The way Simone paces the epilogue — drawn by, I believe, J. Calafiore — makes it immediately clear what we’re about to see. Giganta barely needs to do anything to seduce Dwarfstar, who has throughout the arc been repeated
ly flexing his knife in a rather sexual fashion. She lies there on her bed in lingerie, not even trying to conceal her disdain for Dwarfstar. We know what’s going on, and can instantly start to enjoy the humour in seeing Dwarfstar misinterpret the situation. It only takes three panels before she’s dropped this façade in order to savagely beat him, however. There’s blood, bones broken, mirrors smashed and eyes cut open. It’s paying off on something readers have been waiting three months for, but this is a fantastically morbid punchline. We don’t get reaction shots or dialogue from him, which serves to cut the obvious joke short. There’s no interest in making this punchline actually funny, despite everything we first expected. This feels like revenge for Giganta, and for Simone, but eventually goes on for so long that it seems nasty, cruel, vicious. The joke aspects have been replaced by an actual anger at the character for what he did to Ryan Choi.
Here’s the question, though: after toying with the readers for this whole arc, is this epilogue a chance for us to enjoy a revenge fantasy, a chance for Gail Simone to actually WRITE a revenge fantasy, or Simone making fun of our bloodthirsty nature? Dwarfstar is metaphorically castrated in the scene – tortured, beaten, and then left to die off-panel. How many of those things are necessary before we readers have enjoyed the joke and are ready to go on? He has it all coming, but not everybody knows that. Yet the epilogue doesn’t draw any humour from the dialogue, there is no exaggeration or overblown dialogue. Giganta doesn’t shout glorious one-liners while she beats him. Instead we just get panel after panel of a vicious beating, which drops any pretence at humour within two panels. A previous issue of Secret Six offered a fantasy sequence where Ryan Choi’s actual killer, Deathstroke, was killed. And now Dwarfstar– who bankrolled the hit– is being tortured and possibly killed within the same year.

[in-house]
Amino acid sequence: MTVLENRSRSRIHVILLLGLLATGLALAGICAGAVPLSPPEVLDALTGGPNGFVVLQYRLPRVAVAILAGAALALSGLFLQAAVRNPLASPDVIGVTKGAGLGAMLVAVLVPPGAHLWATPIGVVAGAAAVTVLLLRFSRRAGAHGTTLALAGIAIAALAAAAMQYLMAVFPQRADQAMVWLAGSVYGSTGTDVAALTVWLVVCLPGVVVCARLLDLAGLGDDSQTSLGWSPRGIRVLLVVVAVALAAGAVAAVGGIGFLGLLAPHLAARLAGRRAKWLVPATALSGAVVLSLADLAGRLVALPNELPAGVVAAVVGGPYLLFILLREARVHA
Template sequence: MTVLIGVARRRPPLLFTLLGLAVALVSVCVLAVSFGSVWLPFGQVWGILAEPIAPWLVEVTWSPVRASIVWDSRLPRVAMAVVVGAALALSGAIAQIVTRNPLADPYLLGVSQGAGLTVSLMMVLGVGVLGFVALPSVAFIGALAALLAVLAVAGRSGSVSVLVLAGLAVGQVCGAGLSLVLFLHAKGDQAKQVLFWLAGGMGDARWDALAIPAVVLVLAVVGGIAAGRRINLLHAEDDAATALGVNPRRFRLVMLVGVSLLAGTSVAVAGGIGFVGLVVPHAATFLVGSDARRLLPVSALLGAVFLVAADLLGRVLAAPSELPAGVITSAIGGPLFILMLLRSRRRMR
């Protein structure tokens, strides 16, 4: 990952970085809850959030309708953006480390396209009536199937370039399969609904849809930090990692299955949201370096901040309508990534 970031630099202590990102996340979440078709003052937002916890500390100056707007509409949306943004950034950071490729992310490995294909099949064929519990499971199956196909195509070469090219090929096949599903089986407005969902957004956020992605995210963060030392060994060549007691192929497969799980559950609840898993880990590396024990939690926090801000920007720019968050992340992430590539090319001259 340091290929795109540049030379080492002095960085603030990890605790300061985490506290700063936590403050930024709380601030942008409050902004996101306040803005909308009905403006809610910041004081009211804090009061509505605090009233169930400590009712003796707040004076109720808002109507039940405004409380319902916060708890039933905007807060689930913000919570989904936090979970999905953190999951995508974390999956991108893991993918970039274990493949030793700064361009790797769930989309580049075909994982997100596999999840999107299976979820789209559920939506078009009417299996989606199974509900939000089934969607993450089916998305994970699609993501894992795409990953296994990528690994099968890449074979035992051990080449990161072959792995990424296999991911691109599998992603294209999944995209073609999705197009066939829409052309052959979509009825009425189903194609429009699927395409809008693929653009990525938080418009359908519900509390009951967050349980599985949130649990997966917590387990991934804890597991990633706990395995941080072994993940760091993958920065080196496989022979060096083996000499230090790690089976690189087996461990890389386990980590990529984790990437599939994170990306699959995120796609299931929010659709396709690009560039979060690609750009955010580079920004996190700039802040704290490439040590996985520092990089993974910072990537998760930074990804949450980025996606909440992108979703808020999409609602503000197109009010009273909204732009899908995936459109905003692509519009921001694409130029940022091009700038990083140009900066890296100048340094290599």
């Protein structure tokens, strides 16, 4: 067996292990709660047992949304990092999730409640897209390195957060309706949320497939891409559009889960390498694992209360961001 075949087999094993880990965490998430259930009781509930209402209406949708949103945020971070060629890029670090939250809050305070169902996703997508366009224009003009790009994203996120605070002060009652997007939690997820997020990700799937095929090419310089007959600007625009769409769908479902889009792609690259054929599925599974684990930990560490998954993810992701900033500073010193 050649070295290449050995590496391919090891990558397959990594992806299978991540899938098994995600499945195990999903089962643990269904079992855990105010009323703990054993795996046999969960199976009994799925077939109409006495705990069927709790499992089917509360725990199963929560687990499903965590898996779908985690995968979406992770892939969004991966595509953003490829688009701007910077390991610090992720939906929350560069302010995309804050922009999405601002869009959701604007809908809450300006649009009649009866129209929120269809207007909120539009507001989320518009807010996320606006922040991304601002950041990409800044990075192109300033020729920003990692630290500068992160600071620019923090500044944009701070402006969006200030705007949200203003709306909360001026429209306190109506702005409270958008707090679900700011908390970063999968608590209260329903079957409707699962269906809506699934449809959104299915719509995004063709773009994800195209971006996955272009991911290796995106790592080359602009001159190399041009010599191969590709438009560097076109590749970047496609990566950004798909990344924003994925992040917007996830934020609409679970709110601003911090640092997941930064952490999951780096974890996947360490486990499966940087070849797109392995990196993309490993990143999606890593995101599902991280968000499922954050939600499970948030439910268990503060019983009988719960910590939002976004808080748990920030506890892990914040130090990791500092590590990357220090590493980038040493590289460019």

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We’re left with so many questions. Where does the punchline kick in, here? Which side are we laughing at, and should we be laughing at all? And who, ultimately, gets the last laugh?
Steve Morris is the head and indeed only writer for Comics Vanguard, the internet’s 139th most-favourite comic-book website. You can find him on Twitter at @stevewmorris, which is mostly nonsensical gibberish you may enjoy or despise. His favourite Marvel character is Darkstar, while his favourite DC character is, also, Darkstar. Never forget! He writes The Book of Monsters, a webcomic which updates every Sunday with a new story, monster, and artist. Join in!